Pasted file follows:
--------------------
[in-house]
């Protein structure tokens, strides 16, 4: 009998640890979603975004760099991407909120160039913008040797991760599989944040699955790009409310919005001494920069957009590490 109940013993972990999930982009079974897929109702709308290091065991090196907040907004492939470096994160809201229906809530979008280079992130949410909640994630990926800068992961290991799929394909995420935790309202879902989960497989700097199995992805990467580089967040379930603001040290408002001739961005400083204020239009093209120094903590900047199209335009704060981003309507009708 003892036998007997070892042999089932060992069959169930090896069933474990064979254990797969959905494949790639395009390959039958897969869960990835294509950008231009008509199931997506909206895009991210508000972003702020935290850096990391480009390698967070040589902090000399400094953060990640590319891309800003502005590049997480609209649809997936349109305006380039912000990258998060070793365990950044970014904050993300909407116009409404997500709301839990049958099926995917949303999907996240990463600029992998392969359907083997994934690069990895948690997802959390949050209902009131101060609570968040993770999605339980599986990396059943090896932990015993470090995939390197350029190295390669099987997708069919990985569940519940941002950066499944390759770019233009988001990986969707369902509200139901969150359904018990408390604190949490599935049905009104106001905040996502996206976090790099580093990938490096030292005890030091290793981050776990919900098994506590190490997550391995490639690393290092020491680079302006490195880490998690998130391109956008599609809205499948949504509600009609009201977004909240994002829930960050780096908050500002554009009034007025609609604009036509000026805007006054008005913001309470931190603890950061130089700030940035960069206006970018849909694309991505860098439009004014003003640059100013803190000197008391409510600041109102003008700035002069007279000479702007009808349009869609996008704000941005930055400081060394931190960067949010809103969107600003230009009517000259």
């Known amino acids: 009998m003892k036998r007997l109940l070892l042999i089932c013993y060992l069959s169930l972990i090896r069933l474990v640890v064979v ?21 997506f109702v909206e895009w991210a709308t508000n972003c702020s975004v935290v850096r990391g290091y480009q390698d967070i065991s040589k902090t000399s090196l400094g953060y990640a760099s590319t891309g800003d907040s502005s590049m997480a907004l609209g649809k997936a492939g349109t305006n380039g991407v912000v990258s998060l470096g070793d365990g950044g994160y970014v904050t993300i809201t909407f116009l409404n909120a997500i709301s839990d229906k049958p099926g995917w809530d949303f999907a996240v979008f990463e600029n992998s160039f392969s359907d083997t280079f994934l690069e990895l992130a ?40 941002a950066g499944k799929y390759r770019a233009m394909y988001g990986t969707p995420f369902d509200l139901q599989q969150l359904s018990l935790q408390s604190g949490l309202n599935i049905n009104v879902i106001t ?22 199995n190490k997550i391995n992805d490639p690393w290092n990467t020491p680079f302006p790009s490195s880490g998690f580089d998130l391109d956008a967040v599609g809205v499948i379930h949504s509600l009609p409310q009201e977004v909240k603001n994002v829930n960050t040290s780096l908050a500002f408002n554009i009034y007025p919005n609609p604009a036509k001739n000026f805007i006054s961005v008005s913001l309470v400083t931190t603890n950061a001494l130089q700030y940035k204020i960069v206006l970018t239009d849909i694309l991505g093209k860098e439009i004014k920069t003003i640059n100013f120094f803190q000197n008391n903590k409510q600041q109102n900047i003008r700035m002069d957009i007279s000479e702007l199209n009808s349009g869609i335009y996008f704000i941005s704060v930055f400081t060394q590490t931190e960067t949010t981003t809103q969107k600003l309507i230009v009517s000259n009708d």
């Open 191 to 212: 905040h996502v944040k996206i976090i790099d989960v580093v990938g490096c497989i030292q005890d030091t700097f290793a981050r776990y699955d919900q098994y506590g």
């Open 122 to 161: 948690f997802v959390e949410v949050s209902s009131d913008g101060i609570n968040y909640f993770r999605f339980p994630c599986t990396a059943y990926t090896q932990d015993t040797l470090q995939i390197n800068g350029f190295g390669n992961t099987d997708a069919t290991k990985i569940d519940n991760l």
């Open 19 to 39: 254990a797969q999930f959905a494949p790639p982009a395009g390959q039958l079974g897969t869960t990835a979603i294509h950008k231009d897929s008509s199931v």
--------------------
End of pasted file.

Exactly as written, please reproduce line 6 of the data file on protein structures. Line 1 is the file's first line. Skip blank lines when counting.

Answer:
């Open 19 to 39: 254990a797969q999930f959905a494949p790639p982009a395009g390959q039958l079974g897969t869960t990835a979603i294509h950008k231009d897929s008509s199931v």